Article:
Better-than-expected mining data suggests economic growth could well begin to kick in later in the year. Photo: Bloomberg
Cape Town - Last week’s upbeat mining data suggested that South Africa’s economic growth would gain traction later in the year, and that the economy would weather the recent political storm.

On Thursday Statistics South Africa revealed that mining output for February jumped 4.6 percent year-on-year, much higher than the consensus rise of only 1.4 percent .

The production of platinum group metals compensated for a steep fall in gold output after it rose by 47 percent year-on- year.

Africa economist at Capital Economics, John Ashbourne, said the effect of the recent downgrade of South Africa’s sovereign credit to junk would not be clear until at least June when the April activity data is released, but expected the country to withstand the headwinds.

“Despite the worrying headlines, however, we expect that South Africa’s improved external position will help the economy to weather the latest political shock. Indeed, we’ve held our view that growth will pick up faster than most expect. This relies heavily on a significant recovery in the agricultural sector later in 2017,” Ashbourne said.

South Africa’s agricultural sector was under severe strain last season as a result of the drought that ravished sub-Saharan Africa in the past two years.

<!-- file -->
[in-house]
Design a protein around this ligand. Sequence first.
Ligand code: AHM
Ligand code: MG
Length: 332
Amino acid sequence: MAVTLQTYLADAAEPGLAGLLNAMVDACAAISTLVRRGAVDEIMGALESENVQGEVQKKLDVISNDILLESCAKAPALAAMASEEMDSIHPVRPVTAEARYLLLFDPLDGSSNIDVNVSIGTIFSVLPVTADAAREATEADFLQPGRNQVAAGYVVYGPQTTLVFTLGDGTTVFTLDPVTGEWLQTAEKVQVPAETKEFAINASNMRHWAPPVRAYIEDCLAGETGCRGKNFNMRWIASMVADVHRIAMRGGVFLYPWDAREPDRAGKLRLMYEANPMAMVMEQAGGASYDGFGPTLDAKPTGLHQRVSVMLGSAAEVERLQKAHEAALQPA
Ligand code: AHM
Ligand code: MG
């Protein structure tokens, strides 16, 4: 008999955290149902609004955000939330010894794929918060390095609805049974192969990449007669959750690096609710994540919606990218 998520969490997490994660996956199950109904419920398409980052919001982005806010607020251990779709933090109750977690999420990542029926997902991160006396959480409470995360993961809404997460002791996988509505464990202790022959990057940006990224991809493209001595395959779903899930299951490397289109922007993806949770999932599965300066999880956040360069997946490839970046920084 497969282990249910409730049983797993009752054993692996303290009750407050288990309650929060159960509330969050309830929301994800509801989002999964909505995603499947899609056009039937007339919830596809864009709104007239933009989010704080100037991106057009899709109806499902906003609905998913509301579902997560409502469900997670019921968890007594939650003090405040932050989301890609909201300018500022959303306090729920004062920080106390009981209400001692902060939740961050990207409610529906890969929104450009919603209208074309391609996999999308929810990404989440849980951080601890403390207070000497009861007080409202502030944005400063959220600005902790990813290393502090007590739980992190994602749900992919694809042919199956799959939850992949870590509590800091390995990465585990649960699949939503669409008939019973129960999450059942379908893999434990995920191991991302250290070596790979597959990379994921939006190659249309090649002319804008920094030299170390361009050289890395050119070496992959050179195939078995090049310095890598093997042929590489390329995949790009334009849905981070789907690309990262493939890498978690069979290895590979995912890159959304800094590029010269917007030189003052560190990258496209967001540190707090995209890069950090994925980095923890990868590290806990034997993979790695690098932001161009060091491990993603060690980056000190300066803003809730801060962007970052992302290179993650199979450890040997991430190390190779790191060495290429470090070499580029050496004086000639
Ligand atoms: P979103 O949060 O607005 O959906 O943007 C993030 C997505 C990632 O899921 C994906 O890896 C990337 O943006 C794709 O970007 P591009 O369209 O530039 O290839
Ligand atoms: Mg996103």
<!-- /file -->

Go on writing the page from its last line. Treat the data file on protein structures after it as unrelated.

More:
However, the sector seems to be picking up with farmers estimating a bumper crop this year.

Agricultural economist at the Agricultural Business Chamber, Wandile Sihlobo, last week said available data suggested South Africa was set for a good agricultural season.

“Earlier this week the USDA’s monthly report laid a bearish foundation in the global market, forecasting the 2016/17 global maize production at 1.054 billion tons, which is a 9 percent annual increase.

"The major contributors are set to be the US, Argentina, Brazil, South Africa and the EU region,” Sihlobo said.

The uptick in the mining figures came against gloomier data from other sectors, which showed retail sales fell 1.7 percent year-on-year in February, the worst performance in more than five years.

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Stats South Africa said the manufacturing sector also had a very weak month in February, plunging 3.6 percent year-on-year, the sector’s worst performance since 2014.

The SA Chamber of Commerce and Industry also said the seasonal adjusted six-month trade expectations index weakened notably during the period to end March - the weakest level in one year.

Stats SA said the only industry to avoid contraction was the automotive, whose output increased by 0.8 percent.

Ashbourne said at the quarterly rate that aligns with official GDP figures, the mining and manufacturing sectors both performed better in the three months to February than they did in late 2016, while the retail sector stumbled.


“Our GDP tracker, which uses activity figures to create a more timely measure of economic growth, suggests the GDP fell by 1.6 percent year-on-year in February.

"After contracting in the fourth quarter, there is a good chance the economy entered another technical recession in the first quarter.”

The rand, which has fallen in spectacular fashion since the dismissal of Pravin Gordhan and the downgrading of the country to junk by Standard and Poor’s and Fitch showed signs of life on Thursday, strengthening 2.09 percent against the dollar from midday on Wednesday in line with the dollar depreciation against major currencies and was also higher commodity prices.

By 5pm, the rand was bid at R13.4251 against the greenback.